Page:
Rationale: The goal of
reading is comprehension. For students to be able to comprehend
what they are reading, they must be able to visualize the text in their
minds. During this lesson students will practice constructing
mental images from their reading.
*Class set of Frindle by Andrew Clements
1. To begin the lesson, review with students the concept of
silent reading. Explain: Today we will be reading
silently. Can someone remind us what it means to read
silently? Yes! That is correct. Silent reading involves
reading the words without voicing them out loud. When we read
silently can anyone hear us reading? No, because we say the words
we are reading in our head. How many of you like to read
silently? Well when you are reading silently are you able to
picture the characters and their actions in the story? If you
can’t that’s okay because we are going to practice reading silently
today so that we can better comprehend stories.
2. When we are reading a book it is very important to visualize
the events that are taking place. It is easy to see or visualize
what is happening when a story includes pictures but you will find that
many books do not have pictures so we have to create our own.
This is why we need to practice making visual pictures as we
read. Let’s practice. Are you ready? I want for you
to close you eyes, get very still, and visualize what I am about to be
reading to you. (Teacher will read the first couple of pages of
Frindle) Keep your eyes closed and think about what you just had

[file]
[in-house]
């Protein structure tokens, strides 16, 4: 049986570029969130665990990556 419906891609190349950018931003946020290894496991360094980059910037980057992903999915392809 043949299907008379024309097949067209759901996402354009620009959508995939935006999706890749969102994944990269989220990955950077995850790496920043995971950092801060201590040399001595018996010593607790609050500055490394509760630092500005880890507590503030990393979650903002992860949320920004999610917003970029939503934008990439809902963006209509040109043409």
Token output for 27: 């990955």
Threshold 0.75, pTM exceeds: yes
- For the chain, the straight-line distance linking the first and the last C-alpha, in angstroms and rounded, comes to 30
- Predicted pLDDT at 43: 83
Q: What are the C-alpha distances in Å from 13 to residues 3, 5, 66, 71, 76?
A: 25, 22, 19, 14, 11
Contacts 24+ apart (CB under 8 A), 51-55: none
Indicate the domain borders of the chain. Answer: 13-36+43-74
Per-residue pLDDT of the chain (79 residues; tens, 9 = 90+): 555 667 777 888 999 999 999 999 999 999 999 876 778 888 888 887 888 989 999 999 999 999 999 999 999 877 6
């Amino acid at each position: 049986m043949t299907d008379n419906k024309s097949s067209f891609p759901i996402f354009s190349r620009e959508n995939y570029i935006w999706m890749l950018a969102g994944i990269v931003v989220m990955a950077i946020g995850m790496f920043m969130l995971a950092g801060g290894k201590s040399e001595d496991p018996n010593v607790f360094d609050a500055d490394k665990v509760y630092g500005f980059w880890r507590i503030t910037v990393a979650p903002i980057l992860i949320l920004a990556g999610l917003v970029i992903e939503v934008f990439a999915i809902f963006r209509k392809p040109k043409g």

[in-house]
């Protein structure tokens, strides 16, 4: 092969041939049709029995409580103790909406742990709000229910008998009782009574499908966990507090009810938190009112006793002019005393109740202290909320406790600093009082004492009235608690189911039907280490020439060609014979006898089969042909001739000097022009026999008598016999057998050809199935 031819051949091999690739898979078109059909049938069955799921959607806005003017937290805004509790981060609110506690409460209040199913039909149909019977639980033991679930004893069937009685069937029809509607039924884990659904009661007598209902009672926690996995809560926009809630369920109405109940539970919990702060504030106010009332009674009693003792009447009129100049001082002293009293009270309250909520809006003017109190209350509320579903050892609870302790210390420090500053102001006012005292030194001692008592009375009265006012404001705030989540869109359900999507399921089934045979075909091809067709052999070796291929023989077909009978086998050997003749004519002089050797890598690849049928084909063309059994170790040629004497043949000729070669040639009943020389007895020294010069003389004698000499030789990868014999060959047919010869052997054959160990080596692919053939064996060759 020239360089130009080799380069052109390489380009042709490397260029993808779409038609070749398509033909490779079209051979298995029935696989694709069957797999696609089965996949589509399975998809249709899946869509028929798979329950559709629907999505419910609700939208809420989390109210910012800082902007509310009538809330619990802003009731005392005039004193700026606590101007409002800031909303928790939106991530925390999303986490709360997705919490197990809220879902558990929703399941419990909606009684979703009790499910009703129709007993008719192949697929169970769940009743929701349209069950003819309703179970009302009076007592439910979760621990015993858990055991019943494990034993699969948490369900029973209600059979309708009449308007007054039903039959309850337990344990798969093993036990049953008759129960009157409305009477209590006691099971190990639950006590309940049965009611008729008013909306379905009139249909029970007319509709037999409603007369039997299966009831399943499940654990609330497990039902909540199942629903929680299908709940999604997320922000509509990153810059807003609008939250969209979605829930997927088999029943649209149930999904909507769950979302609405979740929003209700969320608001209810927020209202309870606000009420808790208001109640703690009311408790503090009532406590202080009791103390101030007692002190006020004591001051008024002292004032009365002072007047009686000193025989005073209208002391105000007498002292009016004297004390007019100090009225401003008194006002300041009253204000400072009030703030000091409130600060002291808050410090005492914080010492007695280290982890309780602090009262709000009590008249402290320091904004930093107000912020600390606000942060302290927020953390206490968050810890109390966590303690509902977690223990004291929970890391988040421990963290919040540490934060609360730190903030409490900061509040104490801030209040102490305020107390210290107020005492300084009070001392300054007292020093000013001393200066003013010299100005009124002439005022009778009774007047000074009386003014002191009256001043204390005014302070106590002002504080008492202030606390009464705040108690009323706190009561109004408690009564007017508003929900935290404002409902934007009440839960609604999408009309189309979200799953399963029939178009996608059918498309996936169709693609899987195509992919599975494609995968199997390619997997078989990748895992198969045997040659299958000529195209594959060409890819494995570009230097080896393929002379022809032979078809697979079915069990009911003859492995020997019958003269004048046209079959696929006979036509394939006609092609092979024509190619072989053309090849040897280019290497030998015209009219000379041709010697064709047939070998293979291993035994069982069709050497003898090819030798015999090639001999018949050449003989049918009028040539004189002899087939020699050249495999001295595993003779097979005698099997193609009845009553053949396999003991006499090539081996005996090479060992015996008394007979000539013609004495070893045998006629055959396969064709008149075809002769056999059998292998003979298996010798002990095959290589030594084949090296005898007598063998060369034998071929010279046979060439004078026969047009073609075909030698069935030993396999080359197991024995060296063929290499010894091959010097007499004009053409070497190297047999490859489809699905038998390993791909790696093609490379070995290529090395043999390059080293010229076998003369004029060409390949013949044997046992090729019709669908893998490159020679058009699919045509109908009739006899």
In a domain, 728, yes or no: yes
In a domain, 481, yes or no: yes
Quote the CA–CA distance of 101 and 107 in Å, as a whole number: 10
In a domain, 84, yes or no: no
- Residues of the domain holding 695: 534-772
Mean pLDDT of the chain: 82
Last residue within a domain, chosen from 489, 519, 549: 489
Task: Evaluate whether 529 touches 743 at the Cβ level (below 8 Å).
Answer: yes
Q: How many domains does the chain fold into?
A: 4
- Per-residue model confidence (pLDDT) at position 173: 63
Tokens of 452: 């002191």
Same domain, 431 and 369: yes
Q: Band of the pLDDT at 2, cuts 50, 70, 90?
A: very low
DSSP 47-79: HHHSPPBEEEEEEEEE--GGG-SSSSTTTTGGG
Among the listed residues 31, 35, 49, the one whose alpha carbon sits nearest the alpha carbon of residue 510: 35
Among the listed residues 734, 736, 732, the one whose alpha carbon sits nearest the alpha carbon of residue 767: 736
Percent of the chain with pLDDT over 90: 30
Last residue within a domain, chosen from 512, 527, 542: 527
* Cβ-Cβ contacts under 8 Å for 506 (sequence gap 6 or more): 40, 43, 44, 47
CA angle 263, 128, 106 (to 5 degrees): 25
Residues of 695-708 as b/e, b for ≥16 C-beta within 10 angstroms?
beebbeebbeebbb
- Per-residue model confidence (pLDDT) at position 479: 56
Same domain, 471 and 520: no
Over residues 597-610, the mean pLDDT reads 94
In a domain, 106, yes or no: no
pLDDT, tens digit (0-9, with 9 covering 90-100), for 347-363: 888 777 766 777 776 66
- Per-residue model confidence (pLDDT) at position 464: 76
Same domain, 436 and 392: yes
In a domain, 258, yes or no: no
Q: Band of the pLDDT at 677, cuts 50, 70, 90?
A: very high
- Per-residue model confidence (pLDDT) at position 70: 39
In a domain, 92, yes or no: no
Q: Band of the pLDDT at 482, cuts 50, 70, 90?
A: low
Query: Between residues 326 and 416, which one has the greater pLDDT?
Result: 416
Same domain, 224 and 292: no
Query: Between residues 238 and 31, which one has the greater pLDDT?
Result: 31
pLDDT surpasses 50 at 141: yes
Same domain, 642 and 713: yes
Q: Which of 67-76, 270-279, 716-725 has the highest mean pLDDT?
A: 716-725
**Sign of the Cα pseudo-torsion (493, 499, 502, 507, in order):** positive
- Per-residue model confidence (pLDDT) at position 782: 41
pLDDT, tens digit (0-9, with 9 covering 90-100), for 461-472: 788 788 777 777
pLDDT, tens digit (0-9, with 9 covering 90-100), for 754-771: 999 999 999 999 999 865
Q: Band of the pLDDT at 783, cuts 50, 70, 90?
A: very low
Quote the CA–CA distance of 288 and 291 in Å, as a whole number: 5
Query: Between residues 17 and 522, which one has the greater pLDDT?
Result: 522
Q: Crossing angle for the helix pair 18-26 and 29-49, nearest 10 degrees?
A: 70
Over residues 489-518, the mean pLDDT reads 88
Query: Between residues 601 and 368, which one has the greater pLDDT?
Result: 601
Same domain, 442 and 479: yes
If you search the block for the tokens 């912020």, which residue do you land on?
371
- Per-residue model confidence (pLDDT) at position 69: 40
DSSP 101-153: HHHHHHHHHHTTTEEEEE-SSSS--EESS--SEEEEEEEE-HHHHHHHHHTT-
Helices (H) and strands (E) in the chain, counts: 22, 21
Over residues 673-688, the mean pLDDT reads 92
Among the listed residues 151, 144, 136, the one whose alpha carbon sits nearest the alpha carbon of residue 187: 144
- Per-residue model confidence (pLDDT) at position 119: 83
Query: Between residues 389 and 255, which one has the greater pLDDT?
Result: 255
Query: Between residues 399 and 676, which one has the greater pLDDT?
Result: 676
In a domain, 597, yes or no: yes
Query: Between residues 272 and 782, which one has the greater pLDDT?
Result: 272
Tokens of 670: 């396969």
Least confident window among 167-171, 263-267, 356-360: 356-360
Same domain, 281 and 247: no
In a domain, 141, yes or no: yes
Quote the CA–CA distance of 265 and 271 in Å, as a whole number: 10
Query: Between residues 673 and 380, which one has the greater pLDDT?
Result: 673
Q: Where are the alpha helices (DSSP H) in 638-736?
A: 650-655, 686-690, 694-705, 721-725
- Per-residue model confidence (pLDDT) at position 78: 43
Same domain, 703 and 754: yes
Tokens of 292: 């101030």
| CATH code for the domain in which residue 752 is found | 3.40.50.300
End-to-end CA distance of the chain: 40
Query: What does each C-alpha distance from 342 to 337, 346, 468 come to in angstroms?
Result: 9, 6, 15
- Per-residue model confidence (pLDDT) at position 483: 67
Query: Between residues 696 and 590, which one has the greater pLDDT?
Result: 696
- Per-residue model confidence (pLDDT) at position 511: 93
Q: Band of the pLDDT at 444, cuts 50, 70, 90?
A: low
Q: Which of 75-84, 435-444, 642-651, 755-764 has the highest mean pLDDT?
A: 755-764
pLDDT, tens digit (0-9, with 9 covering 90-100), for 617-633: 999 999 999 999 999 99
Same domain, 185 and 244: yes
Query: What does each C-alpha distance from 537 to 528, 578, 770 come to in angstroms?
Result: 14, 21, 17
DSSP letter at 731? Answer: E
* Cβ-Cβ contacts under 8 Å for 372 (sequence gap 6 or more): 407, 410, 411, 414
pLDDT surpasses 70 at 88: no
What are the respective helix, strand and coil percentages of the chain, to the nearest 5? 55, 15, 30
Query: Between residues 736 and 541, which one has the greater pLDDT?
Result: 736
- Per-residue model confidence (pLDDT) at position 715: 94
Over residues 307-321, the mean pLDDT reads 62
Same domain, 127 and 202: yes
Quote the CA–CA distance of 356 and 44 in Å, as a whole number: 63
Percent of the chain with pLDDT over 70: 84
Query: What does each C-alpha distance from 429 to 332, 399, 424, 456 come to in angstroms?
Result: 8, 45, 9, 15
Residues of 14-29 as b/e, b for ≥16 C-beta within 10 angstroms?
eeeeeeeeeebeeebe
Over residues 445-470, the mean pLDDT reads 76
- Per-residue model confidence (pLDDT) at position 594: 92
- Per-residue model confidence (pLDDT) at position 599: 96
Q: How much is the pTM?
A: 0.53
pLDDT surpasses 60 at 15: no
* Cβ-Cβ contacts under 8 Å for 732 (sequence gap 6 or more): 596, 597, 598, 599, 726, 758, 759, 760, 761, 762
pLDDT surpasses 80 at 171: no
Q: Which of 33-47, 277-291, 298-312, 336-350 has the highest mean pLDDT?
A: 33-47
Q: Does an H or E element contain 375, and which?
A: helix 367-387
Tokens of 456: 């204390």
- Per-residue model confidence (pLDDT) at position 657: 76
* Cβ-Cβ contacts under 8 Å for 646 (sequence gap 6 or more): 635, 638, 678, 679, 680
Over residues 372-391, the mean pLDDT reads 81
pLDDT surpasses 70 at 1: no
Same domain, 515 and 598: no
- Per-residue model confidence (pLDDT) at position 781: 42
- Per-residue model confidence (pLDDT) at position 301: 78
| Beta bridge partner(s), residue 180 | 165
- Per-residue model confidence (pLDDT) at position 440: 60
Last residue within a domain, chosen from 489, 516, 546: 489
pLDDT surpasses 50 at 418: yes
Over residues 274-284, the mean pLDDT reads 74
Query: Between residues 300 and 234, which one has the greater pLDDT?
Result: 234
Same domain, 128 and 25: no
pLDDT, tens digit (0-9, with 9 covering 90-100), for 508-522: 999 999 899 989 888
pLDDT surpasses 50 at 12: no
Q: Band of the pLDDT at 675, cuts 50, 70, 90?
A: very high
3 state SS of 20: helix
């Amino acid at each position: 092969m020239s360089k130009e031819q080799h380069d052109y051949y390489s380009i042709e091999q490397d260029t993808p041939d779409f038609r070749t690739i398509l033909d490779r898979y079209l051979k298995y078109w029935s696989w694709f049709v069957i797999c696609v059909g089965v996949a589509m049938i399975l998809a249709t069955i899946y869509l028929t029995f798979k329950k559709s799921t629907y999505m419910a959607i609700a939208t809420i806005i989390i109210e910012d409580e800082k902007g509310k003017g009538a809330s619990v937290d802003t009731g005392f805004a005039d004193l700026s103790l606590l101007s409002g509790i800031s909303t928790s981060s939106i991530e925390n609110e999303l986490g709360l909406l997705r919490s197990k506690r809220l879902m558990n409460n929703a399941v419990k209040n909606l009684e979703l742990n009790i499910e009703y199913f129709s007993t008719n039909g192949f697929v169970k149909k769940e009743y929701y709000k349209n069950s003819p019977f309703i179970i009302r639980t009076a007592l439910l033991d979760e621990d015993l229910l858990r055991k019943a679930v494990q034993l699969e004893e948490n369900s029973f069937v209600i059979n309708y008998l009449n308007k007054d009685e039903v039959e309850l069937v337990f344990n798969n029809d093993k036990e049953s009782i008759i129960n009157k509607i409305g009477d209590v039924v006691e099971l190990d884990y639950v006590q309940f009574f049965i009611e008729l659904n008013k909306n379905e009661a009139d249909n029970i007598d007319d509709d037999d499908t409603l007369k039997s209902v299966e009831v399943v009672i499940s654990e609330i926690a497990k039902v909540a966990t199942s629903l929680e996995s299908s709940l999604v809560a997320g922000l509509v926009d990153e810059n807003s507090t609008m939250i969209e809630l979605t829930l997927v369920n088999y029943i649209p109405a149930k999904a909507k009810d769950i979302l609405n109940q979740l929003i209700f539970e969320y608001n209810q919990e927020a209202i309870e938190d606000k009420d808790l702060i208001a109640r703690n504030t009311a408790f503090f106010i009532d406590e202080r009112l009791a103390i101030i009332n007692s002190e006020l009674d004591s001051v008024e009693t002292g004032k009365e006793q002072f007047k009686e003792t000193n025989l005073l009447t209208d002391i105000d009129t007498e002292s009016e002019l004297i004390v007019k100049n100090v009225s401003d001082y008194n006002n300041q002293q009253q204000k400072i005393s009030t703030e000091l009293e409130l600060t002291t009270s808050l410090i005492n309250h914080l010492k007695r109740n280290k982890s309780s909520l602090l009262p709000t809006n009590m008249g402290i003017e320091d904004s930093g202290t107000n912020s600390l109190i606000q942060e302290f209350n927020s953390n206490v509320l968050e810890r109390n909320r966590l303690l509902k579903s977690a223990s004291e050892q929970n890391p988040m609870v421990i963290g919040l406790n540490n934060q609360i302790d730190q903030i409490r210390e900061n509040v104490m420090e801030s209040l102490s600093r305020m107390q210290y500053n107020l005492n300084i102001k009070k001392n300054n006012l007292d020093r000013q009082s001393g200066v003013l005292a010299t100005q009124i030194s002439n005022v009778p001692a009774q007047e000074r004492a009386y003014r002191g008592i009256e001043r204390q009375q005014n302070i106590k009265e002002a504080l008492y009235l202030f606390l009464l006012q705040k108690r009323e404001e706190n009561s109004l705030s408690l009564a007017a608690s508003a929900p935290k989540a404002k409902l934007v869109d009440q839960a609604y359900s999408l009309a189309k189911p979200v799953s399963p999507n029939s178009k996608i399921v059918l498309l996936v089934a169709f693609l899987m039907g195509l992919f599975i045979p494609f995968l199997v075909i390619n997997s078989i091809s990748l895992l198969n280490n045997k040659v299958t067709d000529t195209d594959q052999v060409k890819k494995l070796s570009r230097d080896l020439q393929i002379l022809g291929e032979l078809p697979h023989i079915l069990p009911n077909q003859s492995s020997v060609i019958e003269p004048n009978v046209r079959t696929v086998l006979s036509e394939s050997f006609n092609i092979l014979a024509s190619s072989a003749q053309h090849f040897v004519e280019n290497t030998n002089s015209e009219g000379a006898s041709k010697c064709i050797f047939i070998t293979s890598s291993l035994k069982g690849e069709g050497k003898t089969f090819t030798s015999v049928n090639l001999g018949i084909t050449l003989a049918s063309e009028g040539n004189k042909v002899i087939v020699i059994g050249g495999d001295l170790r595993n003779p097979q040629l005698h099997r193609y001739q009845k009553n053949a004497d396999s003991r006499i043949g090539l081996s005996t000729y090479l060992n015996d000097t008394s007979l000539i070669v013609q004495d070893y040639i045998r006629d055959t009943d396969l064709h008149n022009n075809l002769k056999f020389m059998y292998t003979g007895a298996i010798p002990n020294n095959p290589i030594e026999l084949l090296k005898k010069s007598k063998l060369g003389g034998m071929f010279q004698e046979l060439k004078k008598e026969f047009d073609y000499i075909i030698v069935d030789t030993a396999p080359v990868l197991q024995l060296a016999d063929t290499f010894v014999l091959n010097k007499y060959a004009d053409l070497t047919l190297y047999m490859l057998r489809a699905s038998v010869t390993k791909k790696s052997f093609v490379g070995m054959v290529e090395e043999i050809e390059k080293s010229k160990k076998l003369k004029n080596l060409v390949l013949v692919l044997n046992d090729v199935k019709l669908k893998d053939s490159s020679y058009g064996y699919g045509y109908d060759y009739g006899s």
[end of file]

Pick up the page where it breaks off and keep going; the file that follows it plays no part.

read to you. (Give students a minute to think about and visualize
the text). Okay, can anyone share with us what you saw as the
story was being read to you? (Allow students a few minutes to
3. Now I am going to read the next page of our book. You
may keep your eyes open this time. Listen carefully. Who
would like to share what you visualized?
4. Remember, we talked about how we sometimes have to read
stories that have few or no pictures at all. We practiced
visualizing the story because this helps us understand the story and it
also helps us remember the story. Whenever you read a story you
should visualize the characters and events that are taking place.
5. We will now be reading independently from our story. We
will be reading this story silently so remember to make visualizations.
6. Have students state what they visualized after reading a few
pages of the story.
7. Now we will finish reading the first chapter. After
completing the first chapter, have students pair up with a partner to
discuss the events of the story.
8. Assessment: Have
students read the next chapter and create an illustration that depicts
the chapter. Students may draw several scenes or choose their
favorite. Students will also write why they think that scene is
important. (Teacher will use illustrations to check students’
McClellan, Jennifer. “What Do You
Andrew Clements. (1996). Frindle. Scholastic, Inc.
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